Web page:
B.C. Newsroom - Ministry of Environment: http://www.newsroom.gov.bc.ca/ministries/environment-1
Ministry of Environment Communications
Three proposed policy intentions
Details on the three proposed policy intentions are provided below. For complete descriptions, the full intentions paper can be accessed at: http://www.env.gov.bc.ca/epd/codes/spr_eep/response.htm
1. Clear requirements for spill preparedness, response and restoration:
While the Province will strive to avoid unnecessary duplication of regulatory oversight, the objective of this policy intention is to set clear, effective standards across industry sectors (i.e. pipelines, rail etc.) for preparedness, response and restoration.
Proposed requirements include:
- Detailed spill plans outlining how all response requirements will be met
- Equipment and trained personnel capacity based on risk and operational area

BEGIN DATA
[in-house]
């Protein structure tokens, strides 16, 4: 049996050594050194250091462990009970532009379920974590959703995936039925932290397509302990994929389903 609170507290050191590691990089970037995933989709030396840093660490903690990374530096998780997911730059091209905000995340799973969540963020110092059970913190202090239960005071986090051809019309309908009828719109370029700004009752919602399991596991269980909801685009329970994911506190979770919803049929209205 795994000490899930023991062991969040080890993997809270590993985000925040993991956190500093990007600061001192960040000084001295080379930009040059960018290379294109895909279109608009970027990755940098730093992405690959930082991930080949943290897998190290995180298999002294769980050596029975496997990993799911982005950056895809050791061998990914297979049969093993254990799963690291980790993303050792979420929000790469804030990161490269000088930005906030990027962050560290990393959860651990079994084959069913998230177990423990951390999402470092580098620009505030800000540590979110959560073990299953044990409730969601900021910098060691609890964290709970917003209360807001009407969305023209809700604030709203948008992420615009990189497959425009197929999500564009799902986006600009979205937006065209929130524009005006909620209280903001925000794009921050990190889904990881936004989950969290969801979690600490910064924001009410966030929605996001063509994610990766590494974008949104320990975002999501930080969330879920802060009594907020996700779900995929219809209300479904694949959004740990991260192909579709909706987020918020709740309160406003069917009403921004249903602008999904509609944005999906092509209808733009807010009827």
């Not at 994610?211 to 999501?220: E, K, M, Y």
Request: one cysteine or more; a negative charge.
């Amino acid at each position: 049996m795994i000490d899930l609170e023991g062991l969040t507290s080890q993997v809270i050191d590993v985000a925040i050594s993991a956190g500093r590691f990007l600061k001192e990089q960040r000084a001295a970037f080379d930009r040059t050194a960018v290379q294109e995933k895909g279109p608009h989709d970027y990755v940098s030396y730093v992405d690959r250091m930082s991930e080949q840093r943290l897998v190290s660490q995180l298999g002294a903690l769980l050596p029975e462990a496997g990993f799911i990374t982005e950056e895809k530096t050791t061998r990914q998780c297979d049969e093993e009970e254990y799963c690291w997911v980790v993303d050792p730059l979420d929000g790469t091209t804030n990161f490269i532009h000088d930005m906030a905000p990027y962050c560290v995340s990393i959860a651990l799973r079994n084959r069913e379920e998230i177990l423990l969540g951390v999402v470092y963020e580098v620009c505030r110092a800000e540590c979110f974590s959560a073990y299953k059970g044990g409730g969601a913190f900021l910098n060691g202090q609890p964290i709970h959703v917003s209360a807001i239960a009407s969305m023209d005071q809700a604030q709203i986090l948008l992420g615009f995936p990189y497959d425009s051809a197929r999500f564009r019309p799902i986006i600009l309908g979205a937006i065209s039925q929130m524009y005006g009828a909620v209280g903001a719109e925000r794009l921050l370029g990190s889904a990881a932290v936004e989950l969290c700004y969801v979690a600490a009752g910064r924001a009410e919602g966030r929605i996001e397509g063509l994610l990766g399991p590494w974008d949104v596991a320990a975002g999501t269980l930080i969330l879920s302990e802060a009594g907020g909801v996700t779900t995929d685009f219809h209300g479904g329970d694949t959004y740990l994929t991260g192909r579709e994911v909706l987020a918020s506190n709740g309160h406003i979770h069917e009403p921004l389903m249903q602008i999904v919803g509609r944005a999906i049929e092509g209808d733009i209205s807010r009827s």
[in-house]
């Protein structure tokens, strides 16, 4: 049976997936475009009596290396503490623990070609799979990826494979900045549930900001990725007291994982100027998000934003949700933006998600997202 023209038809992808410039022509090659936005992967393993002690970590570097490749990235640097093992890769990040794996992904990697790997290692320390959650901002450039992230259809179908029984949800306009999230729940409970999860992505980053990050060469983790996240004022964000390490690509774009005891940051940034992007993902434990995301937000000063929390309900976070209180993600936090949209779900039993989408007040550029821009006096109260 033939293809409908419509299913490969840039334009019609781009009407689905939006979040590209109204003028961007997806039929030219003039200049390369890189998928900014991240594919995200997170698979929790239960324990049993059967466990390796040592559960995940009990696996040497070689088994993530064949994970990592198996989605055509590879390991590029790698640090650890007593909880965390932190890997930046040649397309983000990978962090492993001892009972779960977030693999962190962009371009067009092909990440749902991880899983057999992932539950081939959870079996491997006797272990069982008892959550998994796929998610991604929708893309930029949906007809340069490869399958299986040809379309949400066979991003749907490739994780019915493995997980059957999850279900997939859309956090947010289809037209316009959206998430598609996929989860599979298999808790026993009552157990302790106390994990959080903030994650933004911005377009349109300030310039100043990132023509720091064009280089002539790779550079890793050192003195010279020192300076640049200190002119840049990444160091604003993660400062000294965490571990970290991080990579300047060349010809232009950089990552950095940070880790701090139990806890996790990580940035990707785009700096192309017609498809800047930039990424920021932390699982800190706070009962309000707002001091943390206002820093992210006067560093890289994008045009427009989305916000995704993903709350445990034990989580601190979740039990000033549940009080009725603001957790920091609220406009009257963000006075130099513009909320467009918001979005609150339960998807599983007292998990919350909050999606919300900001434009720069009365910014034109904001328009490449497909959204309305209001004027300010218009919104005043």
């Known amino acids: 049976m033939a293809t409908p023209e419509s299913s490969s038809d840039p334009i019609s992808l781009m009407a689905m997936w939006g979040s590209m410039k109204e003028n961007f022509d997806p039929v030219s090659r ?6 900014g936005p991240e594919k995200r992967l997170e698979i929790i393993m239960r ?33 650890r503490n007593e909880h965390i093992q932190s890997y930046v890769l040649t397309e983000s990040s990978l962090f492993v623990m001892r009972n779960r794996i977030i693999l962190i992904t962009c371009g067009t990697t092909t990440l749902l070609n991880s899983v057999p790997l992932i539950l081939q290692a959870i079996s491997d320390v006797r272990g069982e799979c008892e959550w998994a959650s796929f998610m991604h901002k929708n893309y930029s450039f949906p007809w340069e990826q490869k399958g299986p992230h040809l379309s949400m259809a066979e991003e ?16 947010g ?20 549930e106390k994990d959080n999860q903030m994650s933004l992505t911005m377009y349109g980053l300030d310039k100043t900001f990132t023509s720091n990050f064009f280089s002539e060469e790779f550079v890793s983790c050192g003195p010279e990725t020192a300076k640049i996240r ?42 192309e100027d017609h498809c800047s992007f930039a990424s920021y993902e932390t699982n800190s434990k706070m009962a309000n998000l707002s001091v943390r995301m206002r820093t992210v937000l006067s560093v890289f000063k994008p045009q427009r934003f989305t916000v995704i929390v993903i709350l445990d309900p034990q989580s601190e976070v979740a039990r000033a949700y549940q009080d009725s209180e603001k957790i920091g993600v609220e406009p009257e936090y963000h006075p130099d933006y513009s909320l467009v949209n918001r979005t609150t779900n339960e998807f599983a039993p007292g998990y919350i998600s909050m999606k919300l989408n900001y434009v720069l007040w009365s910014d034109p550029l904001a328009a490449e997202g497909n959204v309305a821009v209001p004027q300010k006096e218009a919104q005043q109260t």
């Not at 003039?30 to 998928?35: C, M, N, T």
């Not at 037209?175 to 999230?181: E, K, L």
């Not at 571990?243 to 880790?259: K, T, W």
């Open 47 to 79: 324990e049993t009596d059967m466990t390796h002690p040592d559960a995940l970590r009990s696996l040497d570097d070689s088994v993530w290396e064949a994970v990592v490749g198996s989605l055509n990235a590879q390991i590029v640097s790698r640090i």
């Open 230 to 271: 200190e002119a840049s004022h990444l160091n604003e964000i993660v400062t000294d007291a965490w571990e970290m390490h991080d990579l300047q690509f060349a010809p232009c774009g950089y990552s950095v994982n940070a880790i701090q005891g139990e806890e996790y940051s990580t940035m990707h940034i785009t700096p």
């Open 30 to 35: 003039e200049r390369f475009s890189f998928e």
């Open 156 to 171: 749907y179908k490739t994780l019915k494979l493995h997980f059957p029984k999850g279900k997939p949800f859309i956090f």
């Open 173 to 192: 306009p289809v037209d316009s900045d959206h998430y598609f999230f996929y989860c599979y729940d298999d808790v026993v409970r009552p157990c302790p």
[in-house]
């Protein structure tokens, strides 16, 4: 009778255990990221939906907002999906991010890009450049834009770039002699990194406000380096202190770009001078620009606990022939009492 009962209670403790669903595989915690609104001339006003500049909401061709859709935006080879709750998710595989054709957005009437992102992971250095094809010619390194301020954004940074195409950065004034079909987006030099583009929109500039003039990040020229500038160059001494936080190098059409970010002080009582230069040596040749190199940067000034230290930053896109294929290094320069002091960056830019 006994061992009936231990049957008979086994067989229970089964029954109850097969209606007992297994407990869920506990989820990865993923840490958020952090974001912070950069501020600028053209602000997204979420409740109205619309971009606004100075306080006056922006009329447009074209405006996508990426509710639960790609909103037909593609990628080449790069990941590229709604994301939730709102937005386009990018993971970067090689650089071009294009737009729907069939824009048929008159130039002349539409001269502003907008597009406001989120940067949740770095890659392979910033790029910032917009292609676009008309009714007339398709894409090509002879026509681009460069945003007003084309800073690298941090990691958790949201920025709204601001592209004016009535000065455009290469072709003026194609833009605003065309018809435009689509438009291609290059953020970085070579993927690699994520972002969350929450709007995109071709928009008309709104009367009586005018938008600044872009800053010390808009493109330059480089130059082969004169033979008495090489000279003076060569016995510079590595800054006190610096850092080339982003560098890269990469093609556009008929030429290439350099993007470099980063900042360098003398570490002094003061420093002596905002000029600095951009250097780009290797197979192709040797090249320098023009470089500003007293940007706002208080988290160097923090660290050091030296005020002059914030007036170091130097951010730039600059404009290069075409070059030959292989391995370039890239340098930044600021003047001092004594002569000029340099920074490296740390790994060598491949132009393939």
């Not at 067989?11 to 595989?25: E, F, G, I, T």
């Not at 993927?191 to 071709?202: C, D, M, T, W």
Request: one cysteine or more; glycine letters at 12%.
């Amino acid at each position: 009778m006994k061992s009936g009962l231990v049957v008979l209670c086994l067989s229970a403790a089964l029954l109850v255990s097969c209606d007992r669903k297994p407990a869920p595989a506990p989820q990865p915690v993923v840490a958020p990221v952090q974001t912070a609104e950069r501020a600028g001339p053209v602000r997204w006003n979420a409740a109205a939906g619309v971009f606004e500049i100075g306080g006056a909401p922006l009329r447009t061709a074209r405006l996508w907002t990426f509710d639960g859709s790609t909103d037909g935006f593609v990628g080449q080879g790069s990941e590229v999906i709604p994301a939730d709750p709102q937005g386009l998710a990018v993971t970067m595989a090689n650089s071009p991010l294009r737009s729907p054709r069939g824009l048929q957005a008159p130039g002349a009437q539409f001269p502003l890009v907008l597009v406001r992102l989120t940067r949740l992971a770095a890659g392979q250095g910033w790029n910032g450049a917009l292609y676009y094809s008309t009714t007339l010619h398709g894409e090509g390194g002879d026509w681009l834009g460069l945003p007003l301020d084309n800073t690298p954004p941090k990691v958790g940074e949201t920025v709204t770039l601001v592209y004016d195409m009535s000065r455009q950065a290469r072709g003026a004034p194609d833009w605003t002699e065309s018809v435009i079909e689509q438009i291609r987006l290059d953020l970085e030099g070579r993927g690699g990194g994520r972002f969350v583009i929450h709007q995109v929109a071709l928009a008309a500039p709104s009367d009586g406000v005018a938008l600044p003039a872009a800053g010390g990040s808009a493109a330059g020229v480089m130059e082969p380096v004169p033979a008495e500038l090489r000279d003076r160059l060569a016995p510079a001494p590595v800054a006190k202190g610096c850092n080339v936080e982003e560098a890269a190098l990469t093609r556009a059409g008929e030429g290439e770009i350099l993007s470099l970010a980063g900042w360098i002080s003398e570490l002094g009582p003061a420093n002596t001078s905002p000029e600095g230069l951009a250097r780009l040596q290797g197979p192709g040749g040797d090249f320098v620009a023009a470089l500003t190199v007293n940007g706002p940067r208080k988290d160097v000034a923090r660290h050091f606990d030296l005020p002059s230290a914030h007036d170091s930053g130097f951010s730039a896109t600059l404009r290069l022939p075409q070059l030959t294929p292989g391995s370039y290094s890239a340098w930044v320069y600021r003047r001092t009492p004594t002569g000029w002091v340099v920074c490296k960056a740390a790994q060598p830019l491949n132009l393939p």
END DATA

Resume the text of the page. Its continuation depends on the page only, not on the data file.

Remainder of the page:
- Planned table-top exercises and unannounced drills to ensure plans are effective
- Area-based planning/geographic response planning based on common risks and geographic features
- Spill reporting plan that includes regular updates and end of cleanup report
- Response times for responders and equipment to be based on impact of spill
- Minimum training and qualifications for all on scene responders
- Use of the incident command system to ensure a co-ordinated response
- Additional response actions to be required by the ministry based on severity of spill
- Communications plan for notifying communities of a spill and outlining immediate and long-term action to be taken
- Sampling and monitoring for all spills over a certain threshold
- Environmental damage assessments based on significance of spill
- Restoration activities and plans to be approved by the ministry and evaluated upon completion; mechanism for involving local government and First Nations would also be developed